There is always a generic value on the development of understanding about SHEs,
in particular when “new” elements are discovered, because these provide a
fertile ground for testing the borderlines of nuclear existence.
In fact, these elements exhibit an atomic nucleus with so many protons that they
“classically” would not exist at all, due to strong Coulomb repulsion forces
between the protons. However, nuclear shell models do not predict only the SHEs
that we can produce in nuclear fusion-evaporation reactions but also a fabled “island” of nuclear
stability of SHEs at extremely large proton and neutron numbers (north east of the
nuclear map), which is out of reach of current SHE production technologies.
Those elements we know are short-lived and vanish within seconds of their production. If,
however, neutron-rich SHEs from this island can exist and are being produced in
the universe by, e.g., the rapid neutron capture (r-) process, their evidence may
be present in spectra of potential astrophysical sites, like in neutron star mergers.
But then, how to detect them if not by telltale photons from such distant sources,
because they are not primordial?
Hence, established spectral lines from pioneering spectroscopy experiments may serve like fingerprints for multi-messenger
astronomy searching for SHEs from r-process events, which may push
the limits of nuclear stability far beyond the nowadays-achievable.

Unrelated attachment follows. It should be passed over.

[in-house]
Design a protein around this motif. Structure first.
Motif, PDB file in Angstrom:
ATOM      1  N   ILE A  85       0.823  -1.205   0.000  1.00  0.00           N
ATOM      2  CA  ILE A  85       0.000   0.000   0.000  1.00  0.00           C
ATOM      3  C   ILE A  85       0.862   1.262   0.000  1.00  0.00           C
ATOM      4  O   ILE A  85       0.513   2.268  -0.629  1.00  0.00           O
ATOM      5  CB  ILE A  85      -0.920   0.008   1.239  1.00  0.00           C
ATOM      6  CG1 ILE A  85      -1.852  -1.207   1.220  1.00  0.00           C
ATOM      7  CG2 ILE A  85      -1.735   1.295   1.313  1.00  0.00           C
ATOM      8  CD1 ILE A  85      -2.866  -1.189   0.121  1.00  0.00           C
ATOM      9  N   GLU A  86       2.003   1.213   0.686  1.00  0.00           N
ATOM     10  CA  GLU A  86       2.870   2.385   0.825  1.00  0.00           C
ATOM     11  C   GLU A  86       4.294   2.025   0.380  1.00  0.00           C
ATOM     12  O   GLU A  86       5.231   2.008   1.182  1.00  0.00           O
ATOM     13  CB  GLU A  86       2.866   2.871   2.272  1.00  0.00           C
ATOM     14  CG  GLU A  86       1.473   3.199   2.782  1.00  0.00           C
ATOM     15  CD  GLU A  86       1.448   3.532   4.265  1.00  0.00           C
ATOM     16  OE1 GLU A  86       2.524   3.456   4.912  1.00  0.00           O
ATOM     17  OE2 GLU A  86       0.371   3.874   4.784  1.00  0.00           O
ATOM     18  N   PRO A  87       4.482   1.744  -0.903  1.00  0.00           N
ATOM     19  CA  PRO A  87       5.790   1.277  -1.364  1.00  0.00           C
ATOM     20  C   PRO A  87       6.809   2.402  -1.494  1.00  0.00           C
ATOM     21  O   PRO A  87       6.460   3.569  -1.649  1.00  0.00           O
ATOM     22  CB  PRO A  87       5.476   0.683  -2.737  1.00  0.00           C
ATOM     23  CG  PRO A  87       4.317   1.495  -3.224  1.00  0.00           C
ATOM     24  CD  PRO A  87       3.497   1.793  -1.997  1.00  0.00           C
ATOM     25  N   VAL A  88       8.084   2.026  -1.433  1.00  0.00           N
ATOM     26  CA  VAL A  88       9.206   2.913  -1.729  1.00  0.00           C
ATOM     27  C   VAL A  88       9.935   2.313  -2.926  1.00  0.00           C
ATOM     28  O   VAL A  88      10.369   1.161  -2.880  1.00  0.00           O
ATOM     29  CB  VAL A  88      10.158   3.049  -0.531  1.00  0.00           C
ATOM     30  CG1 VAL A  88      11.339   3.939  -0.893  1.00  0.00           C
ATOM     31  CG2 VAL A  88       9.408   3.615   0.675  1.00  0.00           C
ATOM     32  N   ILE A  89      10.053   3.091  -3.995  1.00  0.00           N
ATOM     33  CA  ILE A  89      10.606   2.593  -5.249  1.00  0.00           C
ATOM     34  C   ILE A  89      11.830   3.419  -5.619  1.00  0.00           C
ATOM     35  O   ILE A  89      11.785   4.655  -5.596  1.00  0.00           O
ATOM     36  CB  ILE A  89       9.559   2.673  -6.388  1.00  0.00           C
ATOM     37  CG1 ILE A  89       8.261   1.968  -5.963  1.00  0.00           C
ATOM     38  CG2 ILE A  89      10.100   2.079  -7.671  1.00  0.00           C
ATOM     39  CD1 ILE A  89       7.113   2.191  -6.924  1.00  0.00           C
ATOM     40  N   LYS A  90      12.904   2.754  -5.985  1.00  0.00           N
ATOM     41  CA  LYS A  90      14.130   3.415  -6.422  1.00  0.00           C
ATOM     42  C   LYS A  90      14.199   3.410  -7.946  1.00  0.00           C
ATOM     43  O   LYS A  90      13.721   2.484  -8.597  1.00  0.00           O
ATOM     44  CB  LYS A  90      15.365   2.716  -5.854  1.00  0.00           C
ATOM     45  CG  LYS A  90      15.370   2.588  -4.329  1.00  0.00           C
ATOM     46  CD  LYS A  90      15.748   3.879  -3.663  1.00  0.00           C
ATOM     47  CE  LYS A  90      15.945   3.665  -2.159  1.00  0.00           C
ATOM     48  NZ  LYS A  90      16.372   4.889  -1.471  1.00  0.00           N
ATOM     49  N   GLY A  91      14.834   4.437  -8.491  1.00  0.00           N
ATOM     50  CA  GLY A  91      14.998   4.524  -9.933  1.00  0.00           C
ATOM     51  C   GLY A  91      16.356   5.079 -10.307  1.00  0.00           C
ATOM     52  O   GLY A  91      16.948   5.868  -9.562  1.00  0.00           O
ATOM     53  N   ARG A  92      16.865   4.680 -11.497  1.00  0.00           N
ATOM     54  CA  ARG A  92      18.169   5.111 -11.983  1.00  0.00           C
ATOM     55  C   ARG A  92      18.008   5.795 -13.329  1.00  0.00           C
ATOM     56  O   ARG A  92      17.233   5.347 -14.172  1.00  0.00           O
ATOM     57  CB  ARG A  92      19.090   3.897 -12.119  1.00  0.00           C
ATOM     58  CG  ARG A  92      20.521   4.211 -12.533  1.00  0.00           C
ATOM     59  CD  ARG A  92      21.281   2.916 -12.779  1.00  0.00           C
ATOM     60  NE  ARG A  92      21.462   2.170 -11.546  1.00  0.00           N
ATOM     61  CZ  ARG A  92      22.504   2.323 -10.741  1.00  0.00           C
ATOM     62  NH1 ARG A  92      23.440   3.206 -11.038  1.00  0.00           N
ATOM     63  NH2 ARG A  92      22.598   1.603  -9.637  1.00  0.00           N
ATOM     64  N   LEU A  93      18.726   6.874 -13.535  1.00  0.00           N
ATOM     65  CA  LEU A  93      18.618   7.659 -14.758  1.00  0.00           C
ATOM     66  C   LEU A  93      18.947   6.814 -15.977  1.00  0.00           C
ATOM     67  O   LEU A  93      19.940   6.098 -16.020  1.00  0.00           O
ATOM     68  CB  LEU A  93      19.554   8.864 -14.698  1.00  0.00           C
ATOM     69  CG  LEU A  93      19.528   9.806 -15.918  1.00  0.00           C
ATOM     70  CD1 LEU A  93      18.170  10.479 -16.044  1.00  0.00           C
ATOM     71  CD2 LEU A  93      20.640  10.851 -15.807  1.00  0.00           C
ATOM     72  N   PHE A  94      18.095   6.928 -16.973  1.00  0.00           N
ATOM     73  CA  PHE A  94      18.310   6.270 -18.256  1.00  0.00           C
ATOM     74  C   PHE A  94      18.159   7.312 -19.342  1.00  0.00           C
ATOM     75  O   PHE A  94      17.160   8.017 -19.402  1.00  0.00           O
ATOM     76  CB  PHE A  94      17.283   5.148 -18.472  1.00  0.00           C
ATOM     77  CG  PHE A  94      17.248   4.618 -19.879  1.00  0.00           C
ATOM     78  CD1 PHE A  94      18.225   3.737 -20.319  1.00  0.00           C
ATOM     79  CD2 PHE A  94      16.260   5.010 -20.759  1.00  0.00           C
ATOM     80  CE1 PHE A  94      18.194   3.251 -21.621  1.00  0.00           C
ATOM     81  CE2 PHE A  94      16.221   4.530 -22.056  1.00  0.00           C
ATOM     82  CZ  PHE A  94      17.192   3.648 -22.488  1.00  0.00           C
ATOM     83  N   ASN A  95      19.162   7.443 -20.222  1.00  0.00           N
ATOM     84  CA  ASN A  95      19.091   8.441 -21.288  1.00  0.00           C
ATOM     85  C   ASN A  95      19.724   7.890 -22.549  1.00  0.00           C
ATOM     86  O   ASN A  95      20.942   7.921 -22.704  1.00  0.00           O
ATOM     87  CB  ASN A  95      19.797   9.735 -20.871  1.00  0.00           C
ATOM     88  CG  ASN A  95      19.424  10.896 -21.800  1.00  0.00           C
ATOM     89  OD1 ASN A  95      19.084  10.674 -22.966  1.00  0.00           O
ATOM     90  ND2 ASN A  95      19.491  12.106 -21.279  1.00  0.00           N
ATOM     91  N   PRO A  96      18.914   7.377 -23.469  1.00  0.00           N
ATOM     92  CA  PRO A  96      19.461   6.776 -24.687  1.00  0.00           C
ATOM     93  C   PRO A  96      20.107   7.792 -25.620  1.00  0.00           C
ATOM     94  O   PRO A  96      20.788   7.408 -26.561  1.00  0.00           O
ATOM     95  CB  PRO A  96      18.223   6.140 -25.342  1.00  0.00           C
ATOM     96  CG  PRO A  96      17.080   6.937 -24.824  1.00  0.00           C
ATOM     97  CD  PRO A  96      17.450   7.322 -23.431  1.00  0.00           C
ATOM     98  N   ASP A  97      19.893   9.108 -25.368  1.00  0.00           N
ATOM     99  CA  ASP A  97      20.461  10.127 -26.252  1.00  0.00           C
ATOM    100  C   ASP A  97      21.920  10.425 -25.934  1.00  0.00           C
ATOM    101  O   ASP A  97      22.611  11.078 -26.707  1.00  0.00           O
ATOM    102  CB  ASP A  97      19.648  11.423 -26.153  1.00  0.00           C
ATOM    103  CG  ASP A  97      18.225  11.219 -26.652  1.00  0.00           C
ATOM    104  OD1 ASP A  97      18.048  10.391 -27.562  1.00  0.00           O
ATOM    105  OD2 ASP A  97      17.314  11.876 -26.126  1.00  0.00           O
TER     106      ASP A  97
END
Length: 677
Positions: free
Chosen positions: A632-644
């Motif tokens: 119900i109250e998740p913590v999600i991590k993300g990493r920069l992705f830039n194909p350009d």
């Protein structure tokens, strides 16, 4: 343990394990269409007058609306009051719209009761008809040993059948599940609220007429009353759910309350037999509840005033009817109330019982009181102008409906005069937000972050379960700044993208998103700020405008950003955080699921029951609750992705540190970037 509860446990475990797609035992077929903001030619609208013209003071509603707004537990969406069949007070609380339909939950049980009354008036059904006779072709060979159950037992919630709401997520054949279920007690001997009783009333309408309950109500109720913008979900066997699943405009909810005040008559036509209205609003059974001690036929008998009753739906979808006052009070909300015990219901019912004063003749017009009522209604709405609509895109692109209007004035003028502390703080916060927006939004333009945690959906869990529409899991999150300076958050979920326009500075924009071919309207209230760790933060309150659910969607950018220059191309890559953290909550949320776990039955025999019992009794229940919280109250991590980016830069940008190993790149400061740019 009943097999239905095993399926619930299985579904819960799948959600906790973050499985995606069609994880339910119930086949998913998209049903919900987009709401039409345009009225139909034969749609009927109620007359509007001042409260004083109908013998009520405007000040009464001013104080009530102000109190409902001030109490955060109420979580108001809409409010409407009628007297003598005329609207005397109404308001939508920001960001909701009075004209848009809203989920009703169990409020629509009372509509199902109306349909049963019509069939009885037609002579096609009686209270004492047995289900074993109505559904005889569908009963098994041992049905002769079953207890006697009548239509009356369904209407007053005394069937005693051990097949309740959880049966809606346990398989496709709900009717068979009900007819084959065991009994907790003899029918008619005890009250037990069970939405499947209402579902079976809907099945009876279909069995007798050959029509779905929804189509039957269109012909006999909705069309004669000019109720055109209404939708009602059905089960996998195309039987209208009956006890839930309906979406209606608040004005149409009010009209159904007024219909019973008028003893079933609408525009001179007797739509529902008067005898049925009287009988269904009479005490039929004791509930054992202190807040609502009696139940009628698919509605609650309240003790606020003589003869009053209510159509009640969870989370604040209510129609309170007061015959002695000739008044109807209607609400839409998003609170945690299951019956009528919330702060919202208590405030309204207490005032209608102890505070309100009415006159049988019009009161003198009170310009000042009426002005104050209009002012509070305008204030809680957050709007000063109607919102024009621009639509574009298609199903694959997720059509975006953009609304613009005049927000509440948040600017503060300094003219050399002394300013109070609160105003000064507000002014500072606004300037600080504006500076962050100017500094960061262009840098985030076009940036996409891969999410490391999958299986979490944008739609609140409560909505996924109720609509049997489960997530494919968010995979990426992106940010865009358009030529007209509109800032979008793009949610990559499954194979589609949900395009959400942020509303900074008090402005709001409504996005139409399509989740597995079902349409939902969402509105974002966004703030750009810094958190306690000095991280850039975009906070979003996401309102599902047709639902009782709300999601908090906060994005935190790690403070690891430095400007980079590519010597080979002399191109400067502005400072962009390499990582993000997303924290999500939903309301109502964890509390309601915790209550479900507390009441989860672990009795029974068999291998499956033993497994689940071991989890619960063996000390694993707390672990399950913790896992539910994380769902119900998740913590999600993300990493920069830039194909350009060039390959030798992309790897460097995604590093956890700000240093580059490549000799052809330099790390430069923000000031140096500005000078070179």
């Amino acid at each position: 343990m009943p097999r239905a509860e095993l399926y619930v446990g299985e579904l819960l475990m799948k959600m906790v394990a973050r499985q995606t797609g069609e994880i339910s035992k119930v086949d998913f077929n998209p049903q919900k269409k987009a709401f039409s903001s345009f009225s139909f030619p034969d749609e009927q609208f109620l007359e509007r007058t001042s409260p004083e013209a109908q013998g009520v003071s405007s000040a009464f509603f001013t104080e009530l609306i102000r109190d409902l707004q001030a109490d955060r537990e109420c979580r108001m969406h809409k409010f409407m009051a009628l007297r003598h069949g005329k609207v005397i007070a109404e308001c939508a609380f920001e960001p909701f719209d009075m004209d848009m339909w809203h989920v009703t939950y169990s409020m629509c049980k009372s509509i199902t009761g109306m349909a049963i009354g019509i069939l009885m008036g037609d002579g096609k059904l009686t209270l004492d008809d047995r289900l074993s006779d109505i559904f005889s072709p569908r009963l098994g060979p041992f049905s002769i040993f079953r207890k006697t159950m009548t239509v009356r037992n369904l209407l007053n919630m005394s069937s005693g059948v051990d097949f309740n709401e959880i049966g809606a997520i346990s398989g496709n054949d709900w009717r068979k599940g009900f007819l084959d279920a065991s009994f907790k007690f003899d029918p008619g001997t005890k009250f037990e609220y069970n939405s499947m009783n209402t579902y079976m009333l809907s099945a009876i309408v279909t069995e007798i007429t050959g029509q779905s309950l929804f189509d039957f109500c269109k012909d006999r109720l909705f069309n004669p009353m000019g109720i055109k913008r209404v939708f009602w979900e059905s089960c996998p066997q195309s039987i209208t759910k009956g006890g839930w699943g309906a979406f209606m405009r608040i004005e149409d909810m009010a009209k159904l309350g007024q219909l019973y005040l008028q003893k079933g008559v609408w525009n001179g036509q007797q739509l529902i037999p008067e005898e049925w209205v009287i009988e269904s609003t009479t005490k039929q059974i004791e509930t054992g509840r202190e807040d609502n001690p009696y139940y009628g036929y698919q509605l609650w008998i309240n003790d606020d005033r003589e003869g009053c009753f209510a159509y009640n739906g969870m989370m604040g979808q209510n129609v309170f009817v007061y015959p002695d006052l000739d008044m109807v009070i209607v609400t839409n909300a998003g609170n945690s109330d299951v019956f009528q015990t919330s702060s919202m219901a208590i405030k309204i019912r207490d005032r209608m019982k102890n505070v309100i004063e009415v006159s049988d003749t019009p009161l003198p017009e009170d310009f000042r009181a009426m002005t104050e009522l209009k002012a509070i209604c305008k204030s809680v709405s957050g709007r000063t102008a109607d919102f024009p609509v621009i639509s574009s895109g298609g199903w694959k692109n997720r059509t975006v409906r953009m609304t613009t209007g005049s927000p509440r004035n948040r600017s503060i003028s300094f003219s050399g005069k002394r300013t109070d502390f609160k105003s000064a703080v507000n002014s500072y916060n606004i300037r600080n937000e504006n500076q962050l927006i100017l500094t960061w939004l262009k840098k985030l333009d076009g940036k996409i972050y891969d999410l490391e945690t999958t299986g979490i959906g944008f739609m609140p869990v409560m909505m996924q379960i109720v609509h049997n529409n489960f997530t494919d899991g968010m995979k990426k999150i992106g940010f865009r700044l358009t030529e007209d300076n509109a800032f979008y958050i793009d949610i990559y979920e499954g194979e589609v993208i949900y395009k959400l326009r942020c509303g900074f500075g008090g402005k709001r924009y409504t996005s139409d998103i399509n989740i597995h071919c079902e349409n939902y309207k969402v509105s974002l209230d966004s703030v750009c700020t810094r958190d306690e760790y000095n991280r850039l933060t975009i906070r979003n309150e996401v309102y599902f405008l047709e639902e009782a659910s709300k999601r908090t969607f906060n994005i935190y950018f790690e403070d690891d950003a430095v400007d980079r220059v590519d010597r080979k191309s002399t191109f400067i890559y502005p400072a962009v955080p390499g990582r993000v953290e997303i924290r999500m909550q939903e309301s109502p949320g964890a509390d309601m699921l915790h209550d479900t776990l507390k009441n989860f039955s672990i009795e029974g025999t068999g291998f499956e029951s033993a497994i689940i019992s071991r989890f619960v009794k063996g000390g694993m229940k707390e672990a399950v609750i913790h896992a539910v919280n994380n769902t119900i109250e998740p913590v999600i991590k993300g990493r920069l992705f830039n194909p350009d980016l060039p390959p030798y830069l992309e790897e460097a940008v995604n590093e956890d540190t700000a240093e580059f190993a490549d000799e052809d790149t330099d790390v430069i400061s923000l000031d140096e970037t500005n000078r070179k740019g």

Moreover, the experimental exploration of atomic emission spectra is essential to
advance our understanding of the atom’s structure.
This is because relativistic, many-body, and quantum-electrodynamic effects become
increasingly important with proton number.
The investigations are also driven by the need for mapping single particle
and collective properties of atomic nuclei, which owe their existence to nuclear
shell effects, in a region of the map where very little or no nuclear spectroscopic
information is known. Given the atomic physics is well understood, measurements of
hyperfine structure and isotope shifts of spectral lines will enable these nuclear
properties (such as spins and moments) to be extracted independent of nuclear model
assumptions and thus will help to improve predictions for next spherical
nuclear-shell closures around the “island of stability”.